Sanjit Bhowmick, Sehmus Ozden, Rafael A Bizao, Leonardo Dantas Machado, SA Syed Asif, Nicola M Pugno, Douglas S Galvao, Chandra Sekhar Tiwary, PM Ajayan, Carbon v142, 291 (2019)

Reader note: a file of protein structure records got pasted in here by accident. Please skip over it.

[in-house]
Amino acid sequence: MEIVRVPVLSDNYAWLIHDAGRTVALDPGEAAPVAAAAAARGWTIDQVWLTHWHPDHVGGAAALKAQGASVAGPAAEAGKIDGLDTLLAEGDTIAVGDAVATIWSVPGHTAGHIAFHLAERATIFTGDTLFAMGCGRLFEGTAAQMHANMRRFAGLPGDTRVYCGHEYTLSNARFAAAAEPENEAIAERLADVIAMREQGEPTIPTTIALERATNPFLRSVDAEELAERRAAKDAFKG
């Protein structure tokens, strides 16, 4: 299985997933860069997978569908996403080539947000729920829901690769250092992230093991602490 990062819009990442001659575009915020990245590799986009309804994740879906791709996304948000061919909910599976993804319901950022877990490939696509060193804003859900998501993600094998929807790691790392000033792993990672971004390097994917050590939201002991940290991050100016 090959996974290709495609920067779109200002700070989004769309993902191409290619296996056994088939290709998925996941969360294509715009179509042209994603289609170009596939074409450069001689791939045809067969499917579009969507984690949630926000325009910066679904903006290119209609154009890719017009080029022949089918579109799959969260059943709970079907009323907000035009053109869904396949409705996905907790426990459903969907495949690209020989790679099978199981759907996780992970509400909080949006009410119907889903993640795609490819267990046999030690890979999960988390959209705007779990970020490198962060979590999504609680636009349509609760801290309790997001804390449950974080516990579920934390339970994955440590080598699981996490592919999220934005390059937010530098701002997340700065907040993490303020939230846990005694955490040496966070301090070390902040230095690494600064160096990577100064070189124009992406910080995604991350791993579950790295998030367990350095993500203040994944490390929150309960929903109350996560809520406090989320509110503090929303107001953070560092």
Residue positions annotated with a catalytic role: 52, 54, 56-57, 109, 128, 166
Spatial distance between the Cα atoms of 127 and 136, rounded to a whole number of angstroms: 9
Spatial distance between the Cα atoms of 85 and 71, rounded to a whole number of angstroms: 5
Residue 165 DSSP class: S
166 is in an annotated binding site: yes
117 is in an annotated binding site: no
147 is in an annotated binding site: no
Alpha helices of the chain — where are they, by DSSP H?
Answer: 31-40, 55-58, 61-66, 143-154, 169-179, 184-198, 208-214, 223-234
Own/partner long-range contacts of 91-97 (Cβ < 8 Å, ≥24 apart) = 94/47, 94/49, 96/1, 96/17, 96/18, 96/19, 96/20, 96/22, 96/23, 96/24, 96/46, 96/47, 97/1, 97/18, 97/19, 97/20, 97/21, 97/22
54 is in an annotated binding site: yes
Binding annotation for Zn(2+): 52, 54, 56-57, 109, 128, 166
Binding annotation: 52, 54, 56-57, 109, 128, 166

Carbon nanotubes (CNTs) are one of the most appealing materials in recent history for both research and commercial interest because of their outstanding physical, chemical, and electrical properties. This is particularly true for 3D arrangements of CNTs which enable their use in larger scale devices and structures. In this paper, the effect of temperature on the quasistatic and dynamic deformation behavior of 3D CNT structures is presented for the first time. An in situ high-temperature nanomechanical in-strument was used inside an SEM at high vacuum to investigate mechanical properties of covalently interconnected CNT porous structures in a wide range of temperature. An irreversible bucking at the base of pillar samples was found as a major mode of deformation at room and elevated temperatures. It has been observed that elastic modulus and critical load tofirst buckle formation decrease progressively with increasing temperature from 25C to 750C. To understand fatigue resistance, pillars made from this unique structure were compressed to 100 cycles at room temperature and 750C. While the structure showed remarkable resistance to fatigue at room temperature, high temperature significantly lowers fatigue resistance. Molecular dynamics (MD) simulation of compression highlights the critical role played by covalent interconnections which prevent localized bending and improve mechanical properties.